Calle Bistro is a revolutionized food sale project that would bring together local and foreign cuisines in the metro, particularly in an Open Area in Tomas Morato located within the heart of Quezon City, Metro Manila (Philippines). The food event (and more) will cater to young professionals and food enthusiasts to unwind, socialize and explore the rich oriental and western flavors dominating the Philippine food scene. Promising food retail brands and enterprises will be there to provide a one of a kind food socialization experience where people from different walks of life can get a slice of the world right on their plates.

This is promised to be a night of food adventure and grand time made more special by live bands that will be there to serenade the visitors as they indulge in Calle Bistro …… to fill the air with our favorite music …… while guests are savoring the delicious food dishes featured in the food fair. There will be complimentary drinks to quench our thirst, food-related games to fire-up the night and raffle draws of sponsor items and giveaways for lucky guests …… all to make it a true night of fun, delight and excitement for everyone.

The food lineup includes but not limited to the following: Pinoy Delicacies, Foreign Cuisine, Exotic Dishes, Street Food, Grilled Products, Snacks and Beverages, Coffee and Tea Products, Ready-to-eat Meals and Health and Organic Food.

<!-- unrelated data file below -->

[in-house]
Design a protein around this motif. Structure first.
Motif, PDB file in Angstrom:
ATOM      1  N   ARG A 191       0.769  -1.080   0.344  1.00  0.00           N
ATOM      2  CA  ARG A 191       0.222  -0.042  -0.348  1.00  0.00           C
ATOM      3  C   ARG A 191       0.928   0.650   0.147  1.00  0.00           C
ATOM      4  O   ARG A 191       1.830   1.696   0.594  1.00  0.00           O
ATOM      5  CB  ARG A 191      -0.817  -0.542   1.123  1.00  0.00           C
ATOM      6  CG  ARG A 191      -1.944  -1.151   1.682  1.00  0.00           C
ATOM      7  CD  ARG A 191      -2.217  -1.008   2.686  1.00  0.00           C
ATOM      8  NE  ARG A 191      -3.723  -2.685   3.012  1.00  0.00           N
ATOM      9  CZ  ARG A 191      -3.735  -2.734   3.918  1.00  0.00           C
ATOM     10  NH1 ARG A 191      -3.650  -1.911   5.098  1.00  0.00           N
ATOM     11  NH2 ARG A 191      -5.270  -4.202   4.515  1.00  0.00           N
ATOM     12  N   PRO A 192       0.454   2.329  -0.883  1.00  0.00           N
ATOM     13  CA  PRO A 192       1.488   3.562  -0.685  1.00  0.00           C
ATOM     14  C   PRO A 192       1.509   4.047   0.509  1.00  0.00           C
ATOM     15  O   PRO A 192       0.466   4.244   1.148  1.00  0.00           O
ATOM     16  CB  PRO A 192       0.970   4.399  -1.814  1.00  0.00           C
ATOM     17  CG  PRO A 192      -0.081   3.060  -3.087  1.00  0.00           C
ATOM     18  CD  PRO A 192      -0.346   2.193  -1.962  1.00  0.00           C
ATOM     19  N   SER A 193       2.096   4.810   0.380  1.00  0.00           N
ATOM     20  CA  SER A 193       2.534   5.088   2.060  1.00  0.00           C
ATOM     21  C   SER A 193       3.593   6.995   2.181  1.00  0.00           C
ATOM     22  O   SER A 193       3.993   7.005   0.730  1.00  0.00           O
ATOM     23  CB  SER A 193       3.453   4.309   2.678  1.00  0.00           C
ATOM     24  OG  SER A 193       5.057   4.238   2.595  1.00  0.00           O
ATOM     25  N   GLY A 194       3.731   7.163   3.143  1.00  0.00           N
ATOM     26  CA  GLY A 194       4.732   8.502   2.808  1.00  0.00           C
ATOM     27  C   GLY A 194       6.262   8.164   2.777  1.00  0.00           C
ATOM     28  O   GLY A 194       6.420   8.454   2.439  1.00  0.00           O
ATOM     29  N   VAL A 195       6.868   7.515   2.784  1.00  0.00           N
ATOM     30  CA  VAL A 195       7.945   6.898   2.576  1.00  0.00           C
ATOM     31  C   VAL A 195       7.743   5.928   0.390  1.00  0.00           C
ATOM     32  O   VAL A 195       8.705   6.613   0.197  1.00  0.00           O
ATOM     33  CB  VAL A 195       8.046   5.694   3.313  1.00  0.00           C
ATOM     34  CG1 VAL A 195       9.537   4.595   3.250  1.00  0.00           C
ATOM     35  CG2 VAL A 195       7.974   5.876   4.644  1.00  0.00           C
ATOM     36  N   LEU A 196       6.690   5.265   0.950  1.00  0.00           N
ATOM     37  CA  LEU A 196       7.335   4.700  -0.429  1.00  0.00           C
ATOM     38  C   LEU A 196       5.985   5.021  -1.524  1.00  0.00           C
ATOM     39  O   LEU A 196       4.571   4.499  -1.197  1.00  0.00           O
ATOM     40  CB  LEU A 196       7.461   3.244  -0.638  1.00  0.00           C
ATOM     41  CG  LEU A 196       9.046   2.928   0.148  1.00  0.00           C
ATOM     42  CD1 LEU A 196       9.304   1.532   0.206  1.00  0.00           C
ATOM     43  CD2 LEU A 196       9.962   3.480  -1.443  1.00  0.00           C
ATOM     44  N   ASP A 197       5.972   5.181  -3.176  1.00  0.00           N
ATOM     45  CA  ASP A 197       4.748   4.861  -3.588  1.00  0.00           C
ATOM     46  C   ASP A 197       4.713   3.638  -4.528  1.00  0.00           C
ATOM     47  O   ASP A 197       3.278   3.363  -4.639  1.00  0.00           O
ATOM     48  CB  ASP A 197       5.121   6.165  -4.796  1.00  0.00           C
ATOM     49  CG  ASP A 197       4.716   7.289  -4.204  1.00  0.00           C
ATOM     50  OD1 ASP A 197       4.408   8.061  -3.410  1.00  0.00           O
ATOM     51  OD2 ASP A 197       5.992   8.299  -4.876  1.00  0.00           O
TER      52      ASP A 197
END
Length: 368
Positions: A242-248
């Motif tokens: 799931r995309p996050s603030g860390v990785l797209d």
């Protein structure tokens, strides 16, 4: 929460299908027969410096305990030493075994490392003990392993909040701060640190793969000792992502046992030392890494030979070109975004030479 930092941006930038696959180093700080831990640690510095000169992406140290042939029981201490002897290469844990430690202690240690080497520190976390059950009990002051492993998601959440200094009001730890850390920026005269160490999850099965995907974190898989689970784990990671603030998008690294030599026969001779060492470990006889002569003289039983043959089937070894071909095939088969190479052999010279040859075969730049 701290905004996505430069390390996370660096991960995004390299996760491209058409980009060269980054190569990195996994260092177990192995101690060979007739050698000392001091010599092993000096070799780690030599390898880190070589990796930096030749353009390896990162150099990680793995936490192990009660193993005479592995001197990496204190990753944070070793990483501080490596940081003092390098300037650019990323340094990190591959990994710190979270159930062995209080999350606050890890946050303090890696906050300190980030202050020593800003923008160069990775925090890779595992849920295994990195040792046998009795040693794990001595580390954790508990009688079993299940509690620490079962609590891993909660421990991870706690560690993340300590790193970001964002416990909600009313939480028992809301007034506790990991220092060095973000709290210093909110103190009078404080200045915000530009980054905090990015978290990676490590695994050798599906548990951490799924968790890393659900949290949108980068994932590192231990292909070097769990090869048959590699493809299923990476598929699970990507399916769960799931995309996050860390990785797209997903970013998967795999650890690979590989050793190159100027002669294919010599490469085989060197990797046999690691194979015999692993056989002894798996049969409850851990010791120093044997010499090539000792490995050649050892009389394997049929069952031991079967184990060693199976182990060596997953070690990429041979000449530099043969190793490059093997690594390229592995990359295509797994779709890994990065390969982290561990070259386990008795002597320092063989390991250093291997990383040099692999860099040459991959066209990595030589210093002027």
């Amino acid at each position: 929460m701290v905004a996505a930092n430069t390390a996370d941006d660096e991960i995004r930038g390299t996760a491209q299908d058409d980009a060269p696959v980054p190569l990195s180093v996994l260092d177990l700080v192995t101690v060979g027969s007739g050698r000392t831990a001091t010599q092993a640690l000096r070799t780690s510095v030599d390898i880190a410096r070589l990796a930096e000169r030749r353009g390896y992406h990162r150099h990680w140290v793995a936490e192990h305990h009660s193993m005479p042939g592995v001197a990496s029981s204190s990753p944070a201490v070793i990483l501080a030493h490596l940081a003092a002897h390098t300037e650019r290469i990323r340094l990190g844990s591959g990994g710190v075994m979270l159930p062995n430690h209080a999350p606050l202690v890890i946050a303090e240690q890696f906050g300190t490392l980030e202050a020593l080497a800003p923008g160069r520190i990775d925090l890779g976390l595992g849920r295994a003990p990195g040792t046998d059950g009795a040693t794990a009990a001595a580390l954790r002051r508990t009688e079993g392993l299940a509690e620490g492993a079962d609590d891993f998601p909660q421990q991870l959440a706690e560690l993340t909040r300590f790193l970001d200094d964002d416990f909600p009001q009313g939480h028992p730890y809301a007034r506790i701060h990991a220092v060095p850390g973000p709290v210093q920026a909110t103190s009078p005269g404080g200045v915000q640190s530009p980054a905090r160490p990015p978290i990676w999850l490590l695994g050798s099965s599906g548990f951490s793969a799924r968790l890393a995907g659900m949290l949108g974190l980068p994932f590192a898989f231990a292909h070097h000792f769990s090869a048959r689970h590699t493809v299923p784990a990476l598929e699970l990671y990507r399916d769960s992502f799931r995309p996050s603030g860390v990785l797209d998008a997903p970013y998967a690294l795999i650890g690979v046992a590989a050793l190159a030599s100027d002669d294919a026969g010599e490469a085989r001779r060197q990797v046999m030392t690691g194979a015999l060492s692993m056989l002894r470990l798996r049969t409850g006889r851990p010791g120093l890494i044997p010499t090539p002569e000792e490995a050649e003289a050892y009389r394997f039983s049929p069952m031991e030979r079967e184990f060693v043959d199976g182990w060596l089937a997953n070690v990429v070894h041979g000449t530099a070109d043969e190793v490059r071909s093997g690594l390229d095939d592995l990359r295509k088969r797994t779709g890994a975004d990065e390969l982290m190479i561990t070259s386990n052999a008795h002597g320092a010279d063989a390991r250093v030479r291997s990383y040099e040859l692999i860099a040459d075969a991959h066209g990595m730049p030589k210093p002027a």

Monday, September 5, 2011

Paksiw na Lapu-Lapu at Talakitok (Grouper & Trevally Stewed in Vinegar)

We are in the mood for another “paksiw na isda” or fish stewed in vinegar and ginger dish. But what we have in the freezer are just some small “lapu-lapu” or groupers and a medium “talakitok” or trevally. While these fish are considered special or prized and not commonly prepared into ordinary “paksiw”, we decided to give it a go for a change. Admittedly, with the high status of the two fishes in the Philippine market, we also thought that there will be some sort of pride in cooking “paksiw na lapu-lapu at talakitok”. :-)

Besides, due to financial and economic constraints, this might be difficult to do back home in the Philippines where the fish, particularly the grouper, are highly priced, scarce and are thus better reserved for extraordinary dishes, such as the fancy “steamed na lapu-lapu” or if you like sourly and soupy Filipino dish, the “sinigang na lapu-lapu”.

Being an avid angler and sportsman, I know the dish would be much better if the fish are personally caught by me using my rod and line. For some reasons, the fish are sweeter and tastier when acquire that way. Okay, okay …… I’m just dreaming and wishing that I could revisit the “playground” or my favorite fishing hole over the weekend. It has been quite a while since I last checked the coastline and wetted my line and the reel badly needs actual spinning for its operational reconditioning. :-)